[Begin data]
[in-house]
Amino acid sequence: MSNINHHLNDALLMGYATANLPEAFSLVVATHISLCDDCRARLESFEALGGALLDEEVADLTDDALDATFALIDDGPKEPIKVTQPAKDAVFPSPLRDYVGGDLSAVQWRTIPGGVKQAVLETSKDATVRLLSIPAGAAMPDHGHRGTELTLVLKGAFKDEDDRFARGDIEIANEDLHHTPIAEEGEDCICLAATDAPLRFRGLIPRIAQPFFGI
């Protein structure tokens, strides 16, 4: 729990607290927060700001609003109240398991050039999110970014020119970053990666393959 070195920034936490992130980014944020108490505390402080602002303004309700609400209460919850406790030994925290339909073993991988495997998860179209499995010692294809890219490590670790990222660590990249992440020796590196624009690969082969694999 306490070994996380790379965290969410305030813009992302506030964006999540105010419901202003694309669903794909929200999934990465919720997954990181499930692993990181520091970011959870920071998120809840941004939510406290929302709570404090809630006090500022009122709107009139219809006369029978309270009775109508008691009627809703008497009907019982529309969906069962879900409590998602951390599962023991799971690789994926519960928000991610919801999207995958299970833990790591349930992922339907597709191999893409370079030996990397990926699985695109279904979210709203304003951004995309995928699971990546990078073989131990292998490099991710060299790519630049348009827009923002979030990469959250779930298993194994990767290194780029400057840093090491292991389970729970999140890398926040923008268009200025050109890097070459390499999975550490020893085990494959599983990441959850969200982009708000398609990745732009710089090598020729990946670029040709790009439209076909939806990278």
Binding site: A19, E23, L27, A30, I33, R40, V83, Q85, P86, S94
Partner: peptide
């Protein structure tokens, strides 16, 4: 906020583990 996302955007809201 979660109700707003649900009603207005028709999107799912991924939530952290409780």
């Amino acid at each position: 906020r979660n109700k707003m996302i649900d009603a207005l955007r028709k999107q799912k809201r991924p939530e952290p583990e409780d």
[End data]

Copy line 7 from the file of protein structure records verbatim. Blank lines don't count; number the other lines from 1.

């Amino acid at each position: 906020r979660n109700k707003m996302i649900d009603a207005l955007r028709k999107q799912k809201r991924p939530e952290p583990e409780d």